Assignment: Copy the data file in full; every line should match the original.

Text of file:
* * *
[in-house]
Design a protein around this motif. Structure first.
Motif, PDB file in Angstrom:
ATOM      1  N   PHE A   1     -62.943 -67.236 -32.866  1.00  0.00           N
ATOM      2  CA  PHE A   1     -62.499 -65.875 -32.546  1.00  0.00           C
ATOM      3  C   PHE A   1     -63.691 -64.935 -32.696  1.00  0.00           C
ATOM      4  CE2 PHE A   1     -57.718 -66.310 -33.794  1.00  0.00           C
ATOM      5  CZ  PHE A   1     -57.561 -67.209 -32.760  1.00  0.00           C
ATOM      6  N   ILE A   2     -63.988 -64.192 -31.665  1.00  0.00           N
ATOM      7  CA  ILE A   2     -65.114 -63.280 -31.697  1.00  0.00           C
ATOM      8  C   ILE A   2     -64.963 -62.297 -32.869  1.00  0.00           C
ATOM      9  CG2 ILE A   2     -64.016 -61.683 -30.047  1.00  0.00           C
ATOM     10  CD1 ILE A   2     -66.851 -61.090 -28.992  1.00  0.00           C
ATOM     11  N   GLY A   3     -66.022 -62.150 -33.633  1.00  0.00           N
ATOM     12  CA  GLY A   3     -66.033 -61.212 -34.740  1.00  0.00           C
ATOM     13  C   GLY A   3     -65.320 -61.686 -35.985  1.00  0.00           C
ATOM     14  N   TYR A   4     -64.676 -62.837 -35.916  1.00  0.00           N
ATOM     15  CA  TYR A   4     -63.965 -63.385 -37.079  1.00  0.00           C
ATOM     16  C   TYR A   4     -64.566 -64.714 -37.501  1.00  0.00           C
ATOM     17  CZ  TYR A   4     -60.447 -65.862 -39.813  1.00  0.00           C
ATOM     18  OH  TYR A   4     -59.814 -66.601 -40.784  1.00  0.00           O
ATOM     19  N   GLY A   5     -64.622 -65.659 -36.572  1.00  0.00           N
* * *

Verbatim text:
[in-house]
Design a protein around this motif. Structure first.
Motif, PDB file in Angstrom:
ATOM      1  N   PHE A   1     -62.943 -67.236 -32.866  1.00  0.00           N
ATOM      2  CA  PHE A   1     -62.499 -65.875 -32.546  1.00  0.00           C
ATOM      3  C   PHE A   1     -63.691 -64.935 -32.696  1.00  0.00           C
ATOM      4  CE2 PHE A   1     -57.718 -66.310 -33.794  1.00  0.00           C
ATOM      5  CZ  PHE A   1     -57.561 -67.209 -32.760  1.00  0.00           C
ATOM      6  N   ILE A   2     -63.988 -64.192 -31.665  1.00  0.00           N
ATOM      7  CA  ILE A   2     -65.114 -63.280 -31.697  1.00  0.00           C
ATOM      8  C   ILE A   2     -64.963 -62.297 -32.869  1.00  0.00           C
ATOM      9  CG2 ILE A   2     -64.016 -61.683 -30.047  1.00  0.00           C
ATOM     10  CD1 ILE A   2     -66.851 -61.090 -28.992  1.00  0.00           C
ATOM     11  N   GLY A   3     -66.022 -62.150 -33.633  1.00  0.00           N
ATOM     12  CA  GLY A   3     -66.033 -61.212 -34.740  1.00  0.00           C
ATOM     13  C   GLY A   3     -65.320 -61.686 -35.985  1.00  0.00           C
ATOM     14  N   TYR A   4     -64.676 -62.837 -35.916  1.00  0.00           N
ATOM     15  CA  TYR A   4     -63.965 -63.385 -37.079  1.00  0.00           C
ATOM     16  C   TYR A   4     -64.566 -64.714 -37.501  1.00  0.00           C
ATOM     17  CZ  TYR A   4     -60.447 -65.862 -39.813  1.00  0.00           C
ATOM     18  OH  TYR A   4     -59.814 -66.601 -40.784  1.00  0.00           O
ATOM     19  N   GLY A   5     -64.622 -65.659 -36.572  1.00  0.00           N